This fall several of our clients hosted shows that did not sell as many tickets as anticipated. At the same time, several other shows did in fact sell well. It is pretty typical to have a mix. But, what did the shows that sold well have in common? The key is in the on sale.
Tickets sell tickets. Once you have a strong onsale, the word spreads quickly. Suddenly hundreds or even thousands of people have tickets “in their hands” and are excited to tell everyone they know. They tell their co-workers. They tell their families. They tell their friends (near and far) about it on social media. The difference between 10 people having a ticket in their hands and 100 people having a ticket in their hands could literally mean an additional several thousand people suddenly knowing about your event, regardless of what marketing plan you are executing between on sale and the show day.
How do you create a strong on sale? Get creative,make a plan, and get people excited about having a ticket. Your marketing plan shouldn’t suddenly start when your tickets go onsale. There should be at least one week between your announce date and your onsale date if at all possible. That gives you a week to create excitement about it, and emphasize your onsale date and time so it is fresh in everyone’s mind. Here are a few ways some of our clients with strong ticket sales have done this:
*One of our college clients created an
all-nighton sale party. Students camped out starting at 9pm the night before their 7am ticket onsale. The line started at the box office and weaved throughout the common areas of campus. Students participated in contests, won prizes, drank free hot chocolate, ate free donuts in the morning, and hung out with thousands of their fellow students. It was the place to be that night, and everyone who camped out then bought a ticket, so they ended with over 2,000 tickets sold in the first day of their onsale.
*Another one of our clients did something similar on their smaller campus. They hosted a party from 6-11pm where students could purchase their ticket, and ended up coming within 100 tickets of selling out that first night.
*Contradicting what I said above about giving yourself a week between announce and onsale, another one of our college clients spread the word that a “big concert announcement” was to occur during their weekly chapel session. A huge part of their student body attends weekly chapel, but once they knew that a concert announcement was to be made, they all made sure to be there that day. Once the concert was announced, a wonderful type of chaos ensued, where the students could purchase their tickets immediately after chapel. Everyone ran to get to the box office, which is in the same building as chapel.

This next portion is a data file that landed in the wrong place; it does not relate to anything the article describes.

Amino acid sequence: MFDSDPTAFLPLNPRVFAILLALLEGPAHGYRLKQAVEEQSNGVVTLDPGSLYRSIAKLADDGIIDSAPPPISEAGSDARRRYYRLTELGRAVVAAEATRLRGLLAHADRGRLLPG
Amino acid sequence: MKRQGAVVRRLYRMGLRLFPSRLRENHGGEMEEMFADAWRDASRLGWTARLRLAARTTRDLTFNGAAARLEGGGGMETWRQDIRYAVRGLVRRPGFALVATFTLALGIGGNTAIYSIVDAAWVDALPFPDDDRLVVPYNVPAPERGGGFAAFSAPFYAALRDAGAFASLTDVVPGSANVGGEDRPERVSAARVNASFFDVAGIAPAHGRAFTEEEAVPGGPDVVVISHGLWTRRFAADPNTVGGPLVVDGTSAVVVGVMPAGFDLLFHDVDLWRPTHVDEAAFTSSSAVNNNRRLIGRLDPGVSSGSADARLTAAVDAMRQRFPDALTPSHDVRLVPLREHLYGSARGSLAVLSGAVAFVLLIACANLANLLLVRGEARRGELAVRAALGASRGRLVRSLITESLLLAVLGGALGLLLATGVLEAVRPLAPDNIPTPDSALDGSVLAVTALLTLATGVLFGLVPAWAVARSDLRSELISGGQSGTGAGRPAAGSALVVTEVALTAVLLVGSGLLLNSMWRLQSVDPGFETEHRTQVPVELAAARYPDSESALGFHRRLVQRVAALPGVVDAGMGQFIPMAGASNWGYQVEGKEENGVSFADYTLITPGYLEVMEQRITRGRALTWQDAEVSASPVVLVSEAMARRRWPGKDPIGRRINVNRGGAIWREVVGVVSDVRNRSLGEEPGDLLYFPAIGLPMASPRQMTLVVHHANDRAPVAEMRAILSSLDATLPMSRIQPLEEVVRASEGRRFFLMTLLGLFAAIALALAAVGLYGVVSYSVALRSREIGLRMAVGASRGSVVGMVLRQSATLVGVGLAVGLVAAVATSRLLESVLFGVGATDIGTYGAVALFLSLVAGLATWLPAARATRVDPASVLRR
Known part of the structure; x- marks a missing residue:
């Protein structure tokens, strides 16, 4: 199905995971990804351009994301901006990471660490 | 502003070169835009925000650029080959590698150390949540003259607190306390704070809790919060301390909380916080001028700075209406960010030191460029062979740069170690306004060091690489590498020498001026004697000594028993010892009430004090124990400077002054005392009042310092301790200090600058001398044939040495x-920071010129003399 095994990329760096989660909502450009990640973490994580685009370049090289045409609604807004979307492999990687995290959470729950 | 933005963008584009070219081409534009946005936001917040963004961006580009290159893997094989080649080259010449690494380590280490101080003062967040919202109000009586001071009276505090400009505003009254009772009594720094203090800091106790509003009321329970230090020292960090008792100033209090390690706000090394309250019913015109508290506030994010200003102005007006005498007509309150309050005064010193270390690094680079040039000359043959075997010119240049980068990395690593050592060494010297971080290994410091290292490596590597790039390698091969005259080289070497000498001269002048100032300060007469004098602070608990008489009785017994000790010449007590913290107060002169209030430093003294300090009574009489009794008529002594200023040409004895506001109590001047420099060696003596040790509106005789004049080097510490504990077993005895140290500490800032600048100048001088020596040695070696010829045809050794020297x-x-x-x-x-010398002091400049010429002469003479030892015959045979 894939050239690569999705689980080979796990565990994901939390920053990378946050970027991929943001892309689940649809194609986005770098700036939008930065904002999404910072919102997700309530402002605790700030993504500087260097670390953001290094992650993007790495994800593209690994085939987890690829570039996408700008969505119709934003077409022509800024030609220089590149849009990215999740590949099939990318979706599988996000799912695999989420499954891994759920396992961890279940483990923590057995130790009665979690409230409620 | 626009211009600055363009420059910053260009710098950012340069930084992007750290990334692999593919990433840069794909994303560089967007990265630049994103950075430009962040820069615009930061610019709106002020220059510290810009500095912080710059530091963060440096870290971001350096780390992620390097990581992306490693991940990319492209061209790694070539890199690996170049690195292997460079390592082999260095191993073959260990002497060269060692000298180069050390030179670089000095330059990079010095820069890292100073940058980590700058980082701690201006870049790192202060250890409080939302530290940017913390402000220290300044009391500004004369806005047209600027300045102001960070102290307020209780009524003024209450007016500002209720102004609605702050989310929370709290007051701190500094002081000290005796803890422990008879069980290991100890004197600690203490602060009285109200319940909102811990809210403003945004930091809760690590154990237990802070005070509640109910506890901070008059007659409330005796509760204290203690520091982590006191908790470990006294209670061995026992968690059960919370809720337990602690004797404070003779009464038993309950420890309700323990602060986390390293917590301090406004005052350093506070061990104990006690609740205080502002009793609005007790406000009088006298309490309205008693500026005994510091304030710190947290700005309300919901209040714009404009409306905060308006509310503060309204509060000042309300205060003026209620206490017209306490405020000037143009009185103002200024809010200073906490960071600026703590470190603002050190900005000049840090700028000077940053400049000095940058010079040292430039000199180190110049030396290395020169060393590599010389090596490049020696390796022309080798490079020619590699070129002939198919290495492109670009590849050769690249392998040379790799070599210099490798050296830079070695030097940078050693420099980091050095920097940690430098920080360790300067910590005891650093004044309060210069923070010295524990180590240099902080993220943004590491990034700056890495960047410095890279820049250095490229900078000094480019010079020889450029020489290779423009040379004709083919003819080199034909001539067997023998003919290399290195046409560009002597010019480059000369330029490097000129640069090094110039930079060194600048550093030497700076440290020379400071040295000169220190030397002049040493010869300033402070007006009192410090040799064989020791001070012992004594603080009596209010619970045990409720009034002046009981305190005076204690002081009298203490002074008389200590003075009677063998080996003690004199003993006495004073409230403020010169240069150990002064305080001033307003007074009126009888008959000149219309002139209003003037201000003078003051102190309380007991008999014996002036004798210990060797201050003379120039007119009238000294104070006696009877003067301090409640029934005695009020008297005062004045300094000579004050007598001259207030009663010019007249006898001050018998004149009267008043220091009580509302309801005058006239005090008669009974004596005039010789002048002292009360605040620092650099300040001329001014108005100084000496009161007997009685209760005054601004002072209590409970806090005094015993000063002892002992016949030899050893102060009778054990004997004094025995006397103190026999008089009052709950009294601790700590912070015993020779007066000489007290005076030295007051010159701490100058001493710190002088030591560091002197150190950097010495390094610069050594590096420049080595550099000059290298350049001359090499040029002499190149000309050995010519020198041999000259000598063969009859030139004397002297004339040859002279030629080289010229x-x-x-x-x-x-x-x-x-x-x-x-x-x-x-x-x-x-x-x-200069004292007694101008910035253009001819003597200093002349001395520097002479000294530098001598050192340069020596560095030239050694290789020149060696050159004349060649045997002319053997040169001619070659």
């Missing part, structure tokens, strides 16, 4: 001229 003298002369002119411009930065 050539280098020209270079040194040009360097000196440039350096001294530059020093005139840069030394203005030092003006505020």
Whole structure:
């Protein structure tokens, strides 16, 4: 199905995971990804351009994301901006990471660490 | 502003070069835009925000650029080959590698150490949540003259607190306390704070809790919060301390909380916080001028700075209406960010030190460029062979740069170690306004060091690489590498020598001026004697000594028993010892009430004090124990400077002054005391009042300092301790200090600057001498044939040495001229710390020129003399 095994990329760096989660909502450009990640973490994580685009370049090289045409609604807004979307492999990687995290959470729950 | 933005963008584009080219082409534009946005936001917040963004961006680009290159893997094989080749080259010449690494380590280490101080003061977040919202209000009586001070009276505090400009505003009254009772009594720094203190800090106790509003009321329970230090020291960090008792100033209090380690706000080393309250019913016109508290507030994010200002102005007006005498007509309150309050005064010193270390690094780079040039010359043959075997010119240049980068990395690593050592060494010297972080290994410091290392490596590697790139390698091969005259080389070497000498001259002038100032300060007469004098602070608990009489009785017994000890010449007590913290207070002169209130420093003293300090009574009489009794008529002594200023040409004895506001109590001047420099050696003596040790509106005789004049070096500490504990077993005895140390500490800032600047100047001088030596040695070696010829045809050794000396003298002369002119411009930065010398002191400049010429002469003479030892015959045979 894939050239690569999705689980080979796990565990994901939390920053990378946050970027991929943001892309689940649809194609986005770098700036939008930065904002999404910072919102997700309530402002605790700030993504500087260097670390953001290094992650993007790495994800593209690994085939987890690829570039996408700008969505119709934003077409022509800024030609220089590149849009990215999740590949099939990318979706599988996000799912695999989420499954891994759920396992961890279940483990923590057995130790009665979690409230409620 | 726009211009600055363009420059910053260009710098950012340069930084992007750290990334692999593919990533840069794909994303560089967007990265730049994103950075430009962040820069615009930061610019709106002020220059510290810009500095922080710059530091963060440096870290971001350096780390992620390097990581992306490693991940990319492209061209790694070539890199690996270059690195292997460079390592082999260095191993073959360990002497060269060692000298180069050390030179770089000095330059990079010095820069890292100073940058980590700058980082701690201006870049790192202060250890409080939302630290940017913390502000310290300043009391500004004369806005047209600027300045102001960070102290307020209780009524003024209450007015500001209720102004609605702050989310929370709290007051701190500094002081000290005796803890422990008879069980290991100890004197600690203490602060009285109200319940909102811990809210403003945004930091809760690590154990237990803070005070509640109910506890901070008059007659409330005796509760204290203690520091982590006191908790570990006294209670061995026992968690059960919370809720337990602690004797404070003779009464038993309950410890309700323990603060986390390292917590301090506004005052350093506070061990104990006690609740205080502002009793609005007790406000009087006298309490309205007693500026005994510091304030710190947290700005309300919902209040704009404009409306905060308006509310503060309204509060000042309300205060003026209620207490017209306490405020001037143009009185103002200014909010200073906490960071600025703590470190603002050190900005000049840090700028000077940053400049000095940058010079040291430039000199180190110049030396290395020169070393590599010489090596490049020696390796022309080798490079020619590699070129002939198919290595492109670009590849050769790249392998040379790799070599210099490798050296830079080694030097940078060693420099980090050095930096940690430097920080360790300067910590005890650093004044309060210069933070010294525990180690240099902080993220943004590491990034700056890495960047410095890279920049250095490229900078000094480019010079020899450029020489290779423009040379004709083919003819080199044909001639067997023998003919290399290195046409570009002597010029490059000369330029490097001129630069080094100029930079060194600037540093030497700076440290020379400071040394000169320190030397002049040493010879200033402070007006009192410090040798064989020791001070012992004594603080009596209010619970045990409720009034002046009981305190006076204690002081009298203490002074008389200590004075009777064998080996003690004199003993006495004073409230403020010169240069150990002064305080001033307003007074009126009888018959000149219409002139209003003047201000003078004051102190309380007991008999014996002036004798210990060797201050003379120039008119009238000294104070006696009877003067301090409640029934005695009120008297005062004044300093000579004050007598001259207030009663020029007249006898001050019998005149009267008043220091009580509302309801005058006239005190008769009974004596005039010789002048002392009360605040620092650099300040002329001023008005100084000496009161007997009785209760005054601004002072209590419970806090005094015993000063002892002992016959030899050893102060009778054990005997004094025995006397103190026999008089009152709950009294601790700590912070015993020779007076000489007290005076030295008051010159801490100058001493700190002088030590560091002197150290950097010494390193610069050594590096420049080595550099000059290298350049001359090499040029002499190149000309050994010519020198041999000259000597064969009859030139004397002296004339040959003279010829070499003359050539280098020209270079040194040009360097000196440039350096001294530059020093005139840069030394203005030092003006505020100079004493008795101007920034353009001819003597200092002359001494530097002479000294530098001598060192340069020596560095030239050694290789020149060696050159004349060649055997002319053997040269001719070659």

Keep in mind that these examples are in addition to the usual ways of promoting an event, such as:
*Buyers with a strong social media presence can create hype for their show by posting clues or other promotions on their social media building up to the big announce. Once announced, they should have many posts/tweets/shares, etc between then and on sale to spread the word and keep it fresh in everyone’s mind. Traditional theaters, PACs and arenas need to focus on building not only their social media presence but also their email lists. Ticket buyers are likely to buy again, so be sure to collect their contact info in every way possible and send them regular communication about what is coming through your building.
*Make sure your radio station(s) is/are fully-engaged with ads stating the onsale date, “win ‘em before you can buy ‘em” contests, liners, and general mentions before the announce.
*Make sure your posters are hung everywhere possible immediately upon announcing.
*Don’t forget to tell your audience at one event about the next event.
*Add your event immediately to all online calendars possible, including the artist’s website and social sites.
*Talk to the artist’s publicist to get the artist to help you. Ask if the artist can announce on all of their own sites, ask whether they can conduct interviews with any media outlets you are marketing with, and even ask if the artist would consider making a video saying they are excited to perform at your event. Not many artists will be able to do this, but it is always worth asking.
*Front-load your marketing plan with a combination of every single promo item you can think of. A combination of all of the above and more is best. Especially free marketing. If it’s a free way to market your event, you have no excuse – use it!
Once on sale, unless your tickets sell out that day, you cannot let up on marketing. You have to keep pushing marketing out to remind people to go get their tickets. Sometimes if your marketing slows down or disappears right after the on sale, some potential ticket buyers may either forget about the event, or think that your tickets are sold out.
If you don’t front load your ticket sales, you may be in for an uphill battle with your ticket sales, in which it is a painstakingly slow process and you will have a lot of anxiety about whether the tickets will sell or not. But prepare accordingly and put a ton of effort into your on sale, and it will likely pay off!